Grainger Editorial Staff
Chemicals are used in nearly every workplace, from industrial facilities to hospitals - and even in office environments. Whether chemicals are part of a production process, used to maintain equipment or used for cleaning, chemicals can and do pose a hazard to workers, facilities and the environment. If something goes wrong and a chemical is spilled, action must be taken to minimize the potential for injury and damage. Preparing for different types of spills means a safer workplace for your team and less overall impact to your facility and the environment. By using and storing chemicals properly and stocking spill kits, personal protective equipment (PPE) and chemical neutralizers, your facility can be better prepared.
Before a spill, having the right products on hand in the right areas can make responses faster and more effective. Ensure you have adequate equipment to respond to spills across your facility:
Spill Kits: Spill kits that are appropriate for the chemicals on hand, including cleaners, degreasers and potential biohazards are a must. Most spill kits include product to soak up a spill, safe handling PPE and instructions for safe disposal. A spill kit is only useful if it is provided near where exposure may occur or chemical storage areas. Employees in these areas must also be trained to use the kits. Multiple kits may be needed for the different chemicals you have onsite to cover your entire facility.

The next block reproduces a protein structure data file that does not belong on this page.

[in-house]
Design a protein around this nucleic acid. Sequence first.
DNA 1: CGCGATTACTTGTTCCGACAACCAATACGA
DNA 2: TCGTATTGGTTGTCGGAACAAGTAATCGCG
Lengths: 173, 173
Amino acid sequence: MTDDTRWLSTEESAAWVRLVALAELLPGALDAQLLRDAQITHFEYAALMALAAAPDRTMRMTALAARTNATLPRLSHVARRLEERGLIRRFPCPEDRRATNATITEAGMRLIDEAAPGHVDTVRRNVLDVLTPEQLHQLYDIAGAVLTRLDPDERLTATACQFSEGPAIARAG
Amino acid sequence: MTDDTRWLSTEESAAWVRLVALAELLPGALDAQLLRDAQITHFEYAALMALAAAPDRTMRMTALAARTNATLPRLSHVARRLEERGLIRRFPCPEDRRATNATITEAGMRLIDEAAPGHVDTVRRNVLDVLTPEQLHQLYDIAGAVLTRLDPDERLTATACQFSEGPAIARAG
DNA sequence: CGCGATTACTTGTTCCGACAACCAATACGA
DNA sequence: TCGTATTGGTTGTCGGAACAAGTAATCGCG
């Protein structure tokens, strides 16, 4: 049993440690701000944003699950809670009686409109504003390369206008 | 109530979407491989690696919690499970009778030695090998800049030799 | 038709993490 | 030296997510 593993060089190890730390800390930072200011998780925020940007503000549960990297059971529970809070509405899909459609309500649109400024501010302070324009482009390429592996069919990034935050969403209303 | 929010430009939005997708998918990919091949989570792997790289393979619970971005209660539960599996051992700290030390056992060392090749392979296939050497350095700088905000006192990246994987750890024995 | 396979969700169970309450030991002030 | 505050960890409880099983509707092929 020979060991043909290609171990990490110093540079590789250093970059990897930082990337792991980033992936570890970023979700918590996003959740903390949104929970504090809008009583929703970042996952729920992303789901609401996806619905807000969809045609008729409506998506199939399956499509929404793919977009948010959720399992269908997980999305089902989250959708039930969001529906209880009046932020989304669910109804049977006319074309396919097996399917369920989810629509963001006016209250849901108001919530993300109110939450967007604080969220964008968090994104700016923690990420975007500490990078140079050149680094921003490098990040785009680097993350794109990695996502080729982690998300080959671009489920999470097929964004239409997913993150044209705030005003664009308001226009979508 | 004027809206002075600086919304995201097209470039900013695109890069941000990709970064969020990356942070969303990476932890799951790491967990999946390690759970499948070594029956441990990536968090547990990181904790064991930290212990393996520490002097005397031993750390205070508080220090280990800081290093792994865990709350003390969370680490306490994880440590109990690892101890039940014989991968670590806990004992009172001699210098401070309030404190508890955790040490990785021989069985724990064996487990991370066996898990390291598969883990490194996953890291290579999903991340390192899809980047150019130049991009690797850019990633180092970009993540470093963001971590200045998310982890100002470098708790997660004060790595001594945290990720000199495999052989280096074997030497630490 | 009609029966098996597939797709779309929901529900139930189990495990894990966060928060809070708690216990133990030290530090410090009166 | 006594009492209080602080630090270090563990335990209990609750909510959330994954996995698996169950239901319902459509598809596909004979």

Safe Storage Equipment: Chemicals require proper storage to reduce the risk to employees. Chemical cabinets are used to protect chemical containers and are available for a variety of chemicals. Additionally, by storing compatible chemicals in specific cabinets, response teams can quickly identify which chemicals are present in the event of a spill.
During a spill, the focus is on keeping employees safe and containing the spill. Adequate PPE and cleanup materials can make the difference between a minor and major incident:
Chemical Safety PPE: Depending on the chemicals you store, specific PPE may be required to lessen the potential for severe injury. Even common chemicals like bleach and ammonia can pose extreme risk to your employees. Proper gloves, masks and disposal equipment should be in reach near chemical storage and common areas.
Chemical Neutralizers: Chemical neutralizers convert acidic or basic solutions to a neutral state - a pH of 7 on the pH scale. Your facility may need to keep both acidic and basic neutralizers on hand to address any potential spills.
Check out these solutions to help minimize the impact of hazardous material spills.
The information contained in this article is intended for general information purposes only and is based on information available as of the initial date of publication. No representation is made that the information or references are complete or remain current. This article is not a substitute for review of current applicable government regulations, industry standards, or other standards specific to your business and/or activities and should not be construed as legal advice or opinion. Readers with specific questions should refer to the applicable standards or consult with an attorney.
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